succumbing to peer pressure

Thursday, March 08, 2007

Stress! Avoidance!

So I'm giving a poster presentation this weekend. And I finished the content portion of the poster last Wednesday. I tried to send it off to our university printer but they were going to charge an exhorbitant amount to design the layout and do the printing. My advisor, who is excellent, but clearly hasn't designed her own poster in a while, said she was pretty sure we could find another printer that would do both for a reasonable price. So we contacted the researchers with whom we did the last poster (for that conference in CA) and they said oh yes, university printing is a rip-off, use these other people, we like them a lot and they're very afforable. So Wednesday morning I send everything off to them, they reply that they've got the files and will get to work, I remind them of my March 11 deadline. I go to the beach for two days, expecting to come home to a poster proof for approval. No proof, but no sweat, it's still one full week until the conference. I send some updated layout info to them on Monday, they reply thanks. So I know they're out there and working. But still no results. So last night I send a little reminder, hey, I'm getting a little nervous, where's the proof to approve prior to printing? Still nothing. I'm trying (and mostly failing) not to freak out. So I'm avoiding by watching Panda Cam and blogging about the excellent nerd lecture I attended last night.

The nerd lecture was about Maurice Hilleman. Ma-who? You've never heard of him? He should be the most famous person in the history of vaccines. But for a variety of reasons (mostly political) he's not. He died in 2005 and one of his friends and coworkers did this retrospective on his life and accomplishments.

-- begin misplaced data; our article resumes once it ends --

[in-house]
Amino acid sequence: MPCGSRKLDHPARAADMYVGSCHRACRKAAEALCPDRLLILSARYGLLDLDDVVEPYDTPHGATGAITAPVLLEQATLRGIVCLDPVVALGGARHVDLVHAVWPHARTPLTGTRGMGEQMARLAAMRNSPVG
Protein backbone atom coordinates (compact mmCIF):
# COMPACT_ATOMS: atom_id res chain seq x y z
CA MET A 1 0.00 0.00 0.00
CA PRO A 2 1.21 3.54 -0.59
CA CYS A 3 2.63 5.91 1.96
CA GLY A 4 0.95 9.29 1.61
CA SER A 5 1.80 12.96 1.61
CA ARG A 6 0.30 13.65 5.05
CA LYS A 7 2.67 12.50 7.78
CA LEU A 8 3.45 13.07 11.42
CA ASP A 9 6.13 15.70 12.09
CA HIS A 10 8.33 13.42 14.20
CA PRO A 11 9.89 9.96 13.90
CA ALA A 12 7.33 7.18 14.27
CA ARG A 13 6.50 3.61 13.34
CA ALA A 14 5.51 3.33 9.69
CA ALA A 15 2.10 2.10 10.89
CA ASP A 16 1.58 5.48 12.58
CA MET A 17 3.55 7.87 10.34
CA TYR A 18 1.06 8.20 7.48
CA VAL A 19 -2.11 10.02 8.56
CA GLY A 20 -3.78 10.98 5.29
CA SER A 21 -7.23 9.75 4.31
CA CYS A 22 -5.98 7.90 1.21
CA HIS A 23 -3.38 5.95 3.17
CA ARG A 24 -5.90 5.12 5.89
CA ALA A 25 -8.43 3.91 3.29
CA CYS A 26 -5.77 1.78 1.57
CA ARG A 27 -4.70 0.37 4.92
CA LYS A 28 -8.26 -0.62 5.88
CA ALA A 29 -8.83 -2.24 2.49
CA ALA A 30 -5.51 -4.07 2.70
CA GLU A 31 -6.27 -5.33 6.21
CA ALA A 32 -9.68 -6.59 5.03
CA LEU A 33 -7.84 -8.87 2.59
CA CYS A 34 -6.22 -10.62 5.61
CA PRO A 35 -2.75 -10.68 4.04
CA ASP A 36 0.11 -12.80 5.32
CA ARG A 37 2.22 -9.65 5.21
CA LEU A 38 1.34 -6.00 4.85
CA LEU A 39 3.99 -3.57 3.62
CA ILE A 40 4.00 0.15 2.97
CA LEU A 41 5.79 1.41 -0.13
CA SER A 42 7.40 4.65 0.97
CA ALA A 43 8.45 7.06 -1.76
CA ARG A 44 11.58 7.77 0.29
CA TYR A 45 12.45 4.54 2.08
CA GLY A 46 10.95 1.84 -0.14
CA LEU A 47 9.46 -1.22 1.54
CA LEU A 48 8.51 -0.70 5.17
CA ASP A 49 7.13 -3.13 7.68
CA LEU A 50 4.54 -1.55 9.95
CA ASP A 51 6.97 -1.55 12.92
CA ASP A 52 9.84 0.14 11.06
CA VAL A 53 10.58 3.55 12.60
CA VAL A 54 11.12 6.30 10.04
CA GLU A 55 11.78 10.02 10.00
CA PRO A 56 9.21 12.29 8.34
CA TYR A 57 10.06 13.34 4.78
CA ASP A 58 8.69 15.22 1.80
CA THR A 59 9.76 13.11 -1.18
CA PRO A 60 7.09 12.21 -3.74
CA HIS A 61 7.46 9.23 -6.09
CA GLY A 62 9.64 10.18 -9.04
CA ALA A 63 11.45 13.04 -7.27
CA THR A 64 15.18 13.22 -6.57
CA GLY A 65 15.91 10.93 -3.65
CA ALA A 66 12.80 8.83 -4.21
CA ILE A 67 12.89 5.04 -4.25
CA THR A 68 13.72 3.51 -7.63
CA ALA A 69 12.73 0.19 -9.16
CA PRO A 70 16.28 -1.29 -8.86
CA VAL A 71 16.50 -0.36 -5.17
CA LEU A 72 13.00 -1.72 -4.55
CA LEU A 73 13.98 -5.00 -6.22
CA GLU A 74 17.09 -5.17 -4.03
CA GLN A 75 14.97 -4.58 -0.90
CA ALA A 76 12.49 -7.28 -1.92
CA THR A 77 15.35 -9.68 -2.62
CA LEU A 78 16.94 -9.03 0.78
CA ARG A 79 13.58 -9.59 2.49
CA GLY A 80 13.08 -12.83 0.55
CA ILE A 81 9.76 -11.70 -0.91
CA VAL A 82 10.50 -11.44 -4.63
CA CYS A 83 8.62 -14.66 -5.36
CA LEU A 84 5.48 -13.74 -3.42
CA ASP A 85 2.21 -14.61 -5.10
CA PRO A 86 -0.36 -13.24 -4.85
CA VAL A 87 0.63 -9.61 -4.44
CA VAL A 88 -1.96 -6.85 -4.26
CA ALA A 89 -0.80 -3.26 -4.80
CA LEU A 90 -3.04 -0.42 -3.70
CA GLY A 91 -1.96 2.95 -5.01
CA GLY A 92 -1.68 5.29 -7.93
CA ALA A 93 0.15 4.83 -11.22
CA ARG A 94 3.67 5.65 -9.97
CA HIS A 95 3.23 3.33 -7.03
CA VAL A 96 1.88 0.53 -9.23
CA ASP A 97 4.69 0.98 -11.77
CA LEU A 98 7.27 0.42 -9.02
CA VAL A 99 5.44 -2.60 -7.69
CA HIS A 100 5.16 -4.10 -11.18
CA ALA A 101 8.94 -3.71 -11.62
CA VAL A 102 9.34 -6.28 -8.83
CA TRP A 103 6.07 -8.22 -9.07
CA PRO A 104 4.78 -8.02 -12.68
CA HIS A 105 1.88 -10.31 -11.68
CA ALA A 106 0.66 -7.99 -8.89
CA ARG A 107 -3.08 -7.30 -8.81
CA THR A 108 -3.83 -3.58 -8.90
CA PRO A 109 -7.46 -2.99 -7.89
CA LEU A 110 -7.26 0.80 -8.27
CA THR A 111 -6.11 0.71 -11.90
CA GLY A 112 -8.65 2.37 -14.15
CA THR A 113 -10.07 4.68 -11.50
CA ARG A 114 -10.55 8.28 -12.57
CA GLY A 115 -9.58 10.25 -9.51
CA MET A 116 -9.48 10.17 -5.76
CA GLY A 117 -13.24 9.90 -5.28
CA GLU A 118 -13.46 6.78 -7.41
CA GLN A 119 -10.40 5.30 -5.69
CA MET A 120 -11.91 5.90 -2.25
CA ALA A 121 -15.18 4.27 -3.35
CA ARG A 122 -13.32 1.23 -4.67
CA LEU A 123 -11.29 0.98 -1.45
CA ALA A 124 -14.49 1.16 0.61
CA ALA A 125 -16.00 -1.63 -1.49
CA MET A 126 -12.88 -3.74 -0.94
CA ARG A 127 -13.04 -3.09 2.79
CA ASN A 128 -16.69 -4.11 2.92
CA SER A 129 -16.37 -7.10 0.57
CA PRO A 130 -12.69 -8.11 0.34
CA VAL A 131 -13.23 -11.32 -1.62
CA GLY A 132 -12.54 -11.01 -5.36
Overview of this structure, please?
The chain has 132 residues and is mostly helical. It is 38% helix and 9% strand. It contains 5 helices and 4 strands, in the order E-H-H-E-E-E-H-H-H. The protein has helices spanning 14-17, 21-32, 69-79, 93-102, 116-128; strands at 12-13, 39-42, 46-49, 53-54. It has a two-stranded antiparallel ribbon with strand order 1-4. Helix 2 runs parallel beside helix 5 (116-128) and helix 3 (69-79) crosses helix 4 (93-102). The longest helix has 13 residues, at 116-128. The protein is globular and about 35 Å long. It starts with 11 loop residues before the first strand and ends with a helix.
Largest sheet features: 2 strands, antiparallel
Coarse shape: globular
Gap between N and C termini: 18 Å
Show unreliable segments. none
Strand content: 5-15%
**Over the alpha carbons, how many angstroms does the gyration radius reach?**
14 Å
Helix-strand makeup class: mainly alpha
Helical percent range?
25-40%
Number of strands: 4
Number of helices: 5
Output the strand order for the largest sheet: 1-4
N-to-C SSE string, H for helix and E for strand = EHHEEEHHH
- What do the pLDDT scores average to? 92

First, a polio update (this nerd lecture was, after all, at the Vaccine Dinner Club, where we spend a lot of time talking about disease eradication) - Nigeria, India, Afghanistan, and Pakistan are currently the last four remaining countries with endmic polio. Unfortunately, over 2 dozen other countries have recently reported hot spots with new cases. We're moving backward.

Second, for all those anti-vaccine folks out there - today's vaccination schedule actually contains fewer total immunogenic products than our generation's, because the vaccines themselves have been improved and made more 'precise/efficient.' Also, if you've read The Virus and the Vaccine, which attempts to link cancer with the SV40 polio vaccine, Offit reports that it's an excellent books except for one small detail - all of the science in it is wrong.

Third, the speaker, Paul Offit, wrote The Cutter Incident: How America's First Polio Vaccine Led to the Growing Vaccine Crisis (which, by the way, is on my amazon wishlist) and will soon be coming out with Vaccinated: One Man's Quest to Defeat the World's Deadliest Diseases.

Now, on to the talk itself! In April of 1957 there was an avian flu outbreak in Hong Kong. Hilleman recognized its potential to turn into an epidemic (or pandemic) and cross US borders. So he became the first person to predict a flu epidemic and convinced six US-based vaccine companies to produce 40 million doses of flu vaccine. Result: minimal outbreak in America. And just in case you're wondering, we currently have 0 US-based vaccine companies.

Apparently Hilleman was (in)famous for his profanity-laced speech, and Offit guesses that Vaccinated may be the first book to contain both "DNA polymerase" and "fucking moron"!

Hilleman developed the mumps vaccine from a virus attenuated from his own daughter!

Truman (or was it Hoover?) campaigned on the slogal, "A Chicken in Every Pot," but it was Hilleman who actually made that possible - he developed Marek's vaccine (via Merck) and prevented cancer in chickens, dramatically reducing their price at grocery stores.

And lastly, my favorite quote of the evening - "Merck is like a law firm with an interest in pharmaceuticals."


Anonymous A White Bear said...

I just wanted to note that, somehow, I missed your last 10 posts because my Bloglines subscription spontaneously deleted you. So sorry! I need to check these things more often.


1:33 PM  

Post a Comment

<< Home